Beck's newest album isn't meant for your record player, your CD player, your MP3 player, or your computer hard drive. Take all these devices (and your cassette player if you still have one) and put them in the corner. Put your headphones there too. Then, find a music stand and a ukulele. You're ready.
Song Reader is an album in the form of a song book consisting of 20 individual booklets, artist-designed covers, and 114 pages in total. Published by McSweeney's, the collection exudes the kind of playful wit and typographic flourish now expected from items in their oeuvre. And though many elements of the project are influenced by, or directly reference sheet music of the early 20th century, the concept behind the album -- deconstructing songs and outsourcing their performance -- is decidedly contemporary.
Before the record player, before the radio, sheet music was the mode by which popular music was sold, learned, and performed. The music publishers of New York's infamous Tin Pan Alley churned out ballads, rags, marches, polkas, and novelty songs galore. Bold graphic design, illustrations, and boastful ads for additional musical numbers adorned the front and back covers. Sheet music for a single song could sell millions of copies. With each home musical performance, the tune was personalized and unique.
While considering the gap of time and technology between the heyday of sheet music and 2012, Beck points to the increasing dematerialization of music as reason for pause. "The question of what a song is supposed to do, and how its purpose has altered, has begun to seem worth asking," he writes in the book's preface. While the impulse to re-materialize the song could be seen as a nostalgic effort yearning for the 'good old days' when people could play the pianos in their sitting rooms (and when people had pianos in their sitting rooms), Beck's interest is in the egalitarianism of sheet music and how that translates into the present.
Art: Sergio Membrillas.With Song Reader, he offers his audience not just new Beck songs, but songs written specifically for them. While researching the history of sheet music, he realized his own 'kind' of music was less and less appropriate for the album. Instead, he created something broader, more approachable, and more easily inhabited by musicians of many skill levels, instrument preference, and styles.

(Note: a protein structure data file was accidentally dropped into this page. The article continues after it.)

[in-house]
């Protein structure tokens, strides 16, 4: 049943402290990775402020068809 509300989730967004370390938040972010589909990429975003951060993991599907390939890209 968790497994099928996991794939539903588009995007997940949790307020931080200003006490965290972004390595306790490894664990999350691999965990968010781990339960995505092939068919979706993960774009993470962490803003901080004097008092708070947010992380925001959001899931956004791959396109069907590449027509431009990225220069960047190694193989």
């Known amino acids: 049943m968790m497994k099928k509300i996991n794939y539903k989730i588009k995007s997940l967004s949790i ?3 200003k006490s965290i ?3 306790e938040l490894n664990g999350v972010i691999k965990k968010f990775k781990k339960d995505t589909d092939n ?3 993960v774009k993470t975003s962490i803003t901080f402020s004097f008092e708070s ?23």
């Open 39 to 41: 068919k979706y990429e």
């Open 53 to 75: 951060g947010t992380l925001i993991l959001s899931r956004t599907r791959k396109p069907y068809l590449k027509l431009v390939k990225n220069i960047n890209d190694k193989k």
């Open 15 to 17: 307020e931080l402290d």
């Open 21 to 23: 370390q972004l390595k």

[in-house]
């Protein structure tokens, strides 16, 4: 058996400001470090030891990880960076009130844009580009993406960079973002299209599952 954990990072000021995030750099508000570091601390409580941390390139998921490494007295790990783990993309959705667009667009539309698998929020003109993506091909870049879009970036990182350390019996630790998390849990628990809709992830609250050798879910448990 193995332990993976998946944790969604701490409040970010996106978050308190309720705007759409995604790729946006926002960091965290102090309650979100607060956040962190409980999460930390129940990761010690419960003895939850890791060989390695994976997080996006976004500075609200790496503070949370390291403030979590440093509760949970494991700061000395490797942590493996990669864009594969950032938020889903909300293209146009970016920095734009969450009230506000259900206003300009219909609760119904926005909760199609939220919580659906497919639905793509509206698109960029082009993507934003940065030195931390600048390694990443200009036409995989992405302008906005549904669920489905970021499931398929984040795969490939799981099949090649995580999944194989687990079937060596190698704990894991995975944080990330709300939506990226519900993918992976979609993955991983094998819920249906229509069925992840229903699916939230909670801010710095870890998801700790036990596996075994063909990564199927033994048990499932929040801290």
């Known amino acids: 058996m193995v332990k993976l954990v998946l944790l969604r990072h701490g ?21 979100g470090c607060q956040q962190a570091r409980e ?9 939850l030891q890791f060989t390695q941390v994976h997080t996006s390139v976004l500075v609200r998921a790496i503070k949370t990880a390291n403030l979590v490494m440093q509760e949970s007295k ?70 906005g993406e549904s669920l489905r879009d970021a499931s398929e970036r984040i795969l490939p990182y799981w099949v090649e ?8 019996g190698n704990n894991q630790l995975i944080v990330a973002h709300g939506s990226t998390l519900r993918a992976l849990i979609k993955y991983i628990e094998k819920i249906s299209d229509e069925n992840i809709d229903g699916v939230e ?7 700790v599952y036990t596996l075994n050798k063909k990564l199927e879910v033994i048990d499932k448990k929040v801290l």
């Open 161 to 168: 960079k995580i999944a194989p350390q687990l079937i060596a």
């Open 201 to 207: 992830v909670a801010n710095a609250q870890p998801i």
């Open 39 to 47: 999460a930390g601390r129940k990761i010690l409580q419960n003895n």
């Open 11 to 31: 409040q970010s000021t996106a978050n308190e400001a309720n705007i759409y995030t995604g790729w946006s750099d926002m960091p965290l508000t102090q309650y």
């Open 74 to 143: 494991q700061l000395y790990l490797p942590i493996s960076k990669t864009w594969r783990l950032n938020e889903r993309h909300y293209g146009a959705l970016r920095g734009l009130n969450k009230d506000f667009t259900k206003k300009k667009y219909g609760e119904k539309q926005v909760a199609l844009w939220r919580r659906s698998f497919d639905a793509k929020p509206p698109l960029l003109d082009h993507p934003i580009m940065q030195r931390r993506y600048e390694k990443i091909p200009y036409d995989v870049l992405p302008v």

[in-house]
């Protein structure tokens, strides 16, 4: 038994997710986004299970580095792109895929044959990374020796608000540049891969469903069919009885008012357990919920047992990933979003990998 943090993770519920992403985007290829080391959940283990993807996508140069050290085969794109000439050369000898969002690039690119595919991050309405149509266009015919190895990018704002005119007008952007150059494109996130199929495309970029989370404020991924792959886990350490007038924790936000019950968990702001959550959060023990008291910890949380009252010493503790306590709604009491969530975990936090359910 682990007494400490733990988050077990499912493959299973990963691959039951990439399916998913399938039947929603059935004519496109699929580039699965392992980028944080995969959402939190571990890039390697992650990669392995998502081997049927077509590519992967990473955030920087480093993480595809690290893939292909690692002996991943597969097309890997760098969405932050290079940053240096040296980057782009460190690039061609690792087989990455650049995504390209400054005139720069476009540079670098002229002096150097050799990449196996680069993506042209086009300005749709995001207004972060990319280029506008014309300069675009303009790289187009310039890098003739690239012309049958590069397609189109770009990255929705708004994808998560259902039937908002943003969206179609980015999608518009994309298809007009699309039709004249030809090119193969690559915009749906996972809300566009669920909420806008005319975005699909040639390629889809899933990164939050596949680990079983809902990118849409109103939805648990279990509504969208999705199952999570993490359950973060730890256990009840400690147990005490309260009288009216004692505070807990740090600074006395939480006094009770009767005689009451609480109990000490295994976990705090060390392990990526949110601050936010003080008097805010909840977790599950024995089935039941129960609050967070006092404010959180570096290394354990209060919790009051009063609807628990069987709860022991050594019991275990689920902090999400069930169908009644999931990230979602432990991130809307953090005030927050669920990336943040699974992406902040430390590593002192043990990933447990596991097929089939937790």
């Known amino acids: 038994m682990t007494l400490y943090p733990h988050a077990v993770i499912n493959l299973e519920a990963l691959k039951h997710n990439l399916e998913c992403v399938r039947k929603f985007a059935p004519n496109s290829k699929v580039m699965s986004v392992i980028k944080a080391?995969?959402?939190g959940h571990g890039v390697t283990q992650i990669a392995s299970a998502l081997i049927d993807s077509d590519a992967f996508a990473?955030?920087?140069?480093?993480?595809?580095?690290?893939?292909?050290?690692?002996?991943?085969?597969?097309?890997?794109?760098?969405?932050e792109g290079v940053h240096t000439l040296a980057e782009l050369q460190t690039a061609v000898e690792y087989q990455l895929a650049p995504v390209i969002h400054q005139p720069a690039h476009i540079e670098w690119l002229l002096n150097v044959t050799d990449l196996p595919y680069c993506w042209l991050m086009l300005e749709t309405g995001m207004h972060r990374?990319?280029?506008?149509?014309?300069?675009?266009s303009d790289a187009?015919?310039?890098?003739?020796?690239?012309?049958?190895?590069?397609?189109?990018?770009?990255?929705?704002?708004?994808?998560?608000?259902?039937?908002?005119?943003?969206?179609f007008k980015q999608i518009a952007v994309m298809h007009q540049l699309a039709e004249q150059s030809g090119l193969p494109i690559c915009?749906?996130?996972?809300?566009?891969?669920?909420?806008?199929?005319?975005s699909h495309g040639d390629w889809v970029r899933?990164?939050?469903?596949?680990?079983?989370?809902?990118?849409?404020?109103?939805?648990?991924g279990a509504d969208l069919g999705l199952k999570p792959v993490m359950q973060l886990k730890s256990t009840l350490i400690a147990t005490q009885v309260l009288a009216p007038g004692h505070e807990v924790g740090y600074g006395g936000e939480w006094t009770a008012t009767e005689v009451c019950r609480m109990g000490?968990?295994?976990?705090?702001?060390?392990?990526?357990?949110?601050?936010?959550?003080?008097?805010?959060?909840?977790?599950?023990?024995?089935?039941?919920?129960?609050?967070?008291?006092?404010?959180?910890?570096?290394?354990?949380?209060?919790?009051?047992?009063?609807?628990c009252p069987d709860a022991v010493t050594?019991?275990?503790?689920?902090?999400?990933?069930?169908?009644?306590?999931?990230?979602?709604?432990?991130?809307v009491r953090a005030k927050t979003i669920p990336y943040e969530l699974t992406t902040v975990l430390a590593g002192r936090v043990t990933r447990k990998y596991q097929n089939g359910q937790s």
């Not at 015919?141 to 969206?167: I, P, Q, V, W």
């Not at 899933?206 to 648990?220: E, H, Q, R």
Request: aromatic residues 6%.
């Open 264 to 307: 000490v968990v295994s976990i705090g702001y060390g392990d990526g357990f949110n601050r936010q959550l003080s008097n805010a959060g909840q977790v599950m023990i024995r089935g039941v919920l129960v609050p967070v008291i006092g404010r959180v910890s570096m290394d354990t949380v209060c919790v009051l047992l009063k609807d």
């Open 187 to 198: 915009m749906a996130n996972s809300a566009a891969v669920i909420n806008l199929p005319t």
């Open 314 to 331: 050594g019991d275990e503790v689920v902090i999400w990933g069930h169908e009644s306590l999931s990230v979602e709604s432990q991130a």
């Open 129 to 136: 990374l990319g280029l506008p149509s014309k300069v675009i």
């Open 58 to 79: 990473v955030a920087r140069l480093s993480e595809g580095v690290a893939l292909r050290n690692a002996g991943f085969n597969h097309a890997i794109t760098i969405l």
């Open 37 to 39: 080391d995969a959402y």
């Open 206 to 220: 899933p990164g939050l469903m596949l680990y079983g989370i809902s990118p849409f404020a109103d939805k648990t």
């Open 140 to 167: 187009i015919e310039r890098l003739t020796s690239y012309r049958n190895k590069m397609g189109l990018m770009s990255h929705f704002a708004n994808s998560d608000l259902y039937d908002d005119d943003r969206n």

The songs' subject matter is varied as their musical influences, with "Now that Your Dollar Bills Have Sprouted Wings" to be played dolefully, and "Why Did You Make Me Care?" set to a swing tempo. Not that these suggestions -- or any of the notations -- need to be heeded. "Use any instrument you want to," writes Beck. "Change the chords; rephrase the melodies...Play it fast or slow, swung or straight...Play it for friends, or only for yourself."
Art: Josh Cochran.So far, the open-source album has spawned a handful of performances submitted by fans to the album site. Suffice to say, they range in terms of quality and watchability. On December 3, a group of professional musicians assembled in a London record store to perform the album with all the bass trombone, tuba, tenor saxophone, and trumpet parts in attendance, yielding the most dynamic and individualized renditions yet. Rumors of a similar performance in Boston circulate the web.
Song Reader is available for purchase beginning December 7, 2012. For more information visit songreader.net.
Funding for KQED Arts is provided by The William and Flora Hewlett Foundation.
Support is also provided by Yogen and Peggy Dalal, Diane B. Wilsey, the Kenneth Rainin Foundation, the John S. and James L. Knight Foundation, Helen Sarah Steyer, the William and Gretchen Kimball Fund, and the members of KQED